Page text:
Newborns

Newborns

Sunday, March 8, 2015

Farming Mythology

I'm currently teaching a course on natural resources conservation at our local community college.  Last week, we discussed sustainable agriculture.  I started with a group exercise, asking my students to describe a "factory farm" and a "sustainable farm."  Each group described factory farms as large, monoculture, corporately owned farms that rely on chemical inputs and that focus on global markets.  Each group described sustainable farms as diverse, small-scale, family-owned farms that are focused on local markets.  Having helped to teach beginning farming and farm business planning courses with our local cooperative extension office, I think these perspectives about farming are pervasive.  Many of the new, locally-focused farmers and ranchers in our community come to farming as a avocation as a rejection of their perceptions about large scale agriculture.  And I'll admit that my own approach to raising sheep is motivated in part by my desire to take a different path than conventional, large-scale livestock production.  But I'm beginning to think that some of our perceptions are based on mythology - that large is bad and small is good, that organic production (by it's very nature) is more sustainable.

First, contrary to what my students believe (as do, I suspect, most Americans), farming in the United States is still largely a family affair.  According to the USDA Economic Research Service, family-owned farms account for 97.6 percent of all U.S. farming operations, producing 85 percent of all farm production.  As with any complex system, family farming in the U.S. takes many different forms.  Again, according to ERS:


"Farms in the United States tend to be much larger and are operated differently than smallholder family farms in developing countries. Large U.S. farms are frequently run by extended families, with multiple owner-managers specializing in different parts of the farm business. Many large farms produce only a few commodities and often specialize in particular stages of commodity production. They often purchase the services of outside firms to handle some farm tasks (such as field preparation, chemical application, or harvest), relying on those providers for expertise, labor, and equipment. They may also rely on hired and contract labor in addition to the labor provided by the operators and their families. Nevertheless, most U.S. farms still rely primarily on labor provided by the farm family, and most large farms, which rely heavily on non-family labor, are still organized as family businesses. Family organization remains an essential feature of agriculture in the United States, just as it does throughout much of the rest of the world."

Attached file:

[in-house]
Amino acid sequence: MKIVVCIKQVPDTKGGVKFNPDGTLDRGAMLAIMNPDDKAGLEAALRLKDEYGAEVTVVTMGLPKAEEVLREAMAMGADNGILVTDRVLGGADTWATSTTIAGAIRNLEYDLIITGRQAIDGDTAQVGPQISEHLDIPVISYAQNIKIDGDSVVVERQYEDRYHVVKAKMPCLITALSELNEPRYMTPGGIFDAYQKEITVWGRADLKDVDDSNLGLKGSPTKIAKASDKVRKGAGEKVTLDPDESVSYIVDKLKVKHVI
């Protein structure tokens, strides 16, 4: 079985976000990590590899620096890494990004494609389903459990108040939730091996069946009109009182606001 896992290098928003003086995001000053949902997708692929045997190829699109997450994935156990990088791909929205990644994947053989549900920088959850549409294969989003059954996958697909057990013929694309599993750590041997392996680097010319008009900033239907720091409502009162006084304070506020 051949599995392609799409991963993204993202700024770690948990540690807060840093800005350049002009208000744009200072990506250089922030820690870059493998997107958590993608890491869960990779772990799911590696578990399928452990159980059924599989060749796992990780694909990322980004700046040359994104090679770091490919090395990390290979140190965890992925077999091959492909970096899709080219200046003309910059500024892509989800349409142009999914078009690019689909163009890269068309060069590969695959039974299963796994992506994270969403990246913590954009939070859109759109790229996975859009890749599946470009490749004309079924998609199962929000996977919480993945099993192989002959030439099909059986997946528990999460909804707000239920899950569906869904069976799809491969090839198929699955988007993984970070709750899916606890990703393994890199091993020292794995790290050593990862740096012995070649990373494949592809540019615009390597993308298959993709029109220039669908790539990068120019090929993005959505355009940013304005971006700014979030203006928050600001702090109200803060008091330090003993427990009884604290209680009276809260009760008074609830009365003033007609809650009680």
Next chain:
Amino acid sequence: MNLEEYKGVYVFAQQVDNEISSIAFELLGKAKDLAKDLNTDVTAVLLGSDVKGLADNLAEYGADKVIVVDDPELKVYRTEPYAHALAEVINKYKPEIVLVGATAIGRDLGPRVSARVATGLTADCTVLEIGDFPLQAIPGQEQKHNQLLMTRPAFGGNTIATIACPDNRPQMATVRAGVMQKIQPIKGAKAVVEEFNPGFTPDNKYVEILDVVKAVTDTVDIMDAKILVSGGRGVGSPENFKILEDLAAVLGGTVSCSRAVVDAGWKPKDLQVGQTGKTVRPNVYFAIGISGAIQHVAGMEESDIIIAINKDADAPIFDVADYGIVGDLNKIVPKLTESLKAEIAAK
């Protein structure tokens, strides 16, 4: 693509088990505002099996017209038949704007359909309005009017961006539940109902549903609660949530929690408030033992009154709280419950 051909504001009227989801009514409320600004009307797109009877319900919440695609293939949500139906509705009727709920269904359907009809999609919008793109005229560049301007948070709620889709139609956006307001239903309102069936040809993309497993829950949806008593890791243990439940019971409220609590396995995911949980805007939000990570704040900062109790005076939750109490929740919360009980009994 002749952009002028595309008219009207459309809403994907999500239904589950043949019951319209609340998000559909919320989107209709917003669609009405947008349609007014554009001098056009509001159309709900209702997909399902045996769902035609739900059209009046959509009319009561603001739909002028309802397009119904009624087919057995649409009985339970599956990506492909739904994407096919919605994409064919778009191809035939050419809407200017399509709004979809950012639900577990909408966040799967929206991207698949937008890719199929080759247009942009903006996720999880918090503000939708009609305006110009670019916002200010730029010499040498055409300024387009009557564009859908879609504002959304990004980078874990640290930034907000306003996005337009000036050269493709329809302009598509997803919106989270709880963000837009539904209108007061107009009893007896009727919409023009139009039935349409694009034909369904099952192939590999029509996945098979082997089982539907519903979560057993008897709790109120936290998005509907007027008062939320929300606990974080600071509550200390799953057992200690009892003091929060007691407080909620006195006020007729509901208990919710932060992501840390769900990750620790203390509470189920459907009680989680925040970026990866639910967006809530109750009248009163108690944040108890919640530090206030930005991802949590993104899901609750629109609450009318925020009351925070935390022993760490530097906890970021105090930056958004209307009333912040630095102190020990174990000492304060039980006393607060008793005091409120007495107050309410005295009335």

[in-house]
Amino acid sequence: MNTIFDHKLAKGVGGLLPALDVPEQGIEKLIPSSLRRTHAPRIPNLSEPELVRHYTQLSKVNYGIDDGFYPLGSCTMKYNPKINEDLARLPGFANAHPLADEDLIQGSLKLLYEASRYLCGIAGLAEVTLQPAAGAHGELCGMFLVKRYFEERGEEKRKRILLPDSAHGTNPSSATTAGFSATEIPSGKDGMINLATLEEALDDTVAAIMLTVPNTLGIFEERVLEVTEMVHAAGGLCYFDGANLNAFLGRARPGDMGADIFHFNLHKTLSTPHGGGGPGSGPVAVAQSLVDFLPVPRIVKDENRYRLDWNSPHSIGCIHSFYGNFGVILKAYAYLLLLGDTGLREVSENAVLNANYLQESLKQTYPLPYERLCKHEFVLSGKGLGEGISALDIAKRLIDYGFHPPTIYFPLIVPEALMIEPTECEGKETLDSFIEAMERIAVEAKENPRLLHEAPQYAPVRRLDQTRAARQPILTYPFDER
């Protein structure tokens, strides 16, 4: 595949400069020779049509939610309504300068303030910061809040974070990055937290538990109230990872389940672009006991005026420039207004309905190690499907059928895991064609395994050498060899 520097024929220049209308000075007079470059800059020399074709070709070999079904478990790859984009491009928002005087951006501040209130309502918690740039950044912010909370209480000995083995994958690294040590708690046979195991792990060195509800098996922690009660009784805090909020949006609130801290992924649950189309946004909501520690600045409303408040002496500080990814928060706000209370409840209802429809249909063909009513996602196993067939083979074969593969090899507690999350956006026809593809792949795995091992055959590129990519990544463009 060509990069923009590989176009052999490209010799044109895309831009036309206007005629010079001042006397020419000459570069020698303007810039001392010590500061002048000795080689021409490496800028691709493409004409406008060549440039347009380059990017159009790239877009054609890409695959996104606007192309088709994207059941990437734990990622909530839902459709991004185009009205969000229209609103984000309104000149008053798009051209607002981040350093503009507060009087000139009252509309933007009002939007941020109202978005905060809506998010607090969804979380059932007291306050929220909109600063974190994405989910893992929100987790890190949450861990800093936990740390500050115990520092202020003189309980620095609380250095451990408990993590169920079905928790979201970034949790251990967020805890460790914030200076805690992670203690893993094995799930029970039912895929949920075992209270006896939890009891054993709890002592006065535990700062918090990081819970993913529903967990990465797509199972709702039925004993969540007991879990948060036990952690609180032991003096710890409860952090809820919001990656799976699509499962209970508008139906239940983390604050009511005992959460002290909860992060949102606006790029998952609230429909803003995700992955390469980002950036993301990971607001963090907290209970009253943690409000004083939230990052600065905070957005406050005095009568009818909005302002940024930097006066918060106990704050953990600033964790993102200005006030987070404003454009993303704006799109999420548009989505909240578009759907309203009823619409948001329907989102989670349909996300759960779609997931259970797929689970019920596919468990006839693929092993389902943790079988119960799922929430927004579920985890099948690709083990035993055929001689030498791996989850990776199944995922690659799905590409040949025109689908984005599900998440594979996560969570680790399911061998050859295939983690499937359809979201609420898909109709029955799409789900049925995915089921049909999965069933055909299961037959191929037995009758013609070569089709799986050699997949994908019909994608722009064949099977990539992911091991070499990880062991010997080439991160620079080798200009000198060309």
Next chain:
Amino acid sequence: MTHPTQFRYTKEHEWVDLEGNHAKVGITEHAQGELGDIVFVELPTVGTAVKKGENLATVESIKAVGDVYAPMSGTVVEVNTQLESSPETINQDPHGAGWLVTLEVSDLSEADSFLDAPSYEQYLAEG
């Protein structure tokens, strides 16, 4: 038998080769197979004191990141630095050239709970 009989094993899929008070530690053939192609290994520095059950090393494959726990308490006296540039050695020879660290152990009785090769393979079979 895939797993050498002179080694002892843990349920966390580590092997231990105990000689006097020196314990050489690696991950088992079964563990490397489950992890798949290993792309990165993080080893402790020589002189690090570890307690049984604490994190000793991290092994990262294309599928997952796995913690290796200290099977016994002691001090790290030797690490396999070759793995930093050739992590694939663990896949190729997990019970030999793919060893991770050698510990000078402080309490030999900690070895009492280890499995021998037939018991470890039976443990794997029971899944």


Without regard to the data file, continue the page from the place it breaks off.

To bring this to a personal level, most of my friends who operate or work for large scale farming operations are part of family owned farms.  The sheep and grain operation I worked for last year would fall into this category.  At 3900 acres, it can hardly be considered small, but it is owned and operated by a husband and wife team.

The economic realities of farming (at any scale) have required all operations to increase labor efficiency.  For large-scale U.S. farming, many of these labor efficiencies have focused on technology and mechanization.  For small-scale "sustainable" farms, at least in my part of the foothills, these labor "efficiencies" have required the farm owners to work for less than minimum wage - in other words, many of us subsidize our operations by working for free at least part of the year (and often by holding down off-farm jobs).  I'm not sure either model is ultimately sustainable.

For me, factory farming has more to do with attitude than scale, ownership or crop diversity.  A factory acquires inputs, transforms these inputs through a manufacturing process, and sells out puts.  This can be accomplished at a variety of scales and regardless of ownership.

Sustainable farming, by contrast, involves the careful management of living systems and renewable resources.  Sustainable farming essentially requires us to combine living soil, sunlight, water and carbon in a way that sustains the biological, economic and social life of our farm, our community and our planet.  This also can be accomplished at a variety of scales and regardless of ownership.  That said, I think families who live and work in the communities where they farm ave better suited to this approach than corporate officers who are physically separated from the act of growing food.

In some ways, I wonder if American perceptions about factory versus sustainable farming are both directly related to our collective disconnection from the act of growing food.  When we demonize "factory" farms, we tend to forget that we want cheap food.  When we canonize "Organic" production (I capitalize the word to refer to certification rather than actual production practices), we forget that Organic farms can operate at a large scale and on the input-output model of a factory.

Returning to my own farming experience, I find that scale and efficiency have been critical to our efforts to be "sustainable." While I am proud of the attention we pay to the health of our soils and our animals, and of our role in our community, our inability to build our business to an economically viable scale (at least for now) suggests that true sustainability is an elusive (and difficult) goal.  And while social attitudes about food production are changing, we've not yet found a way to translate these attitudes into economic success for the types of farms we say want.  We have difficulty letting go of our myths!

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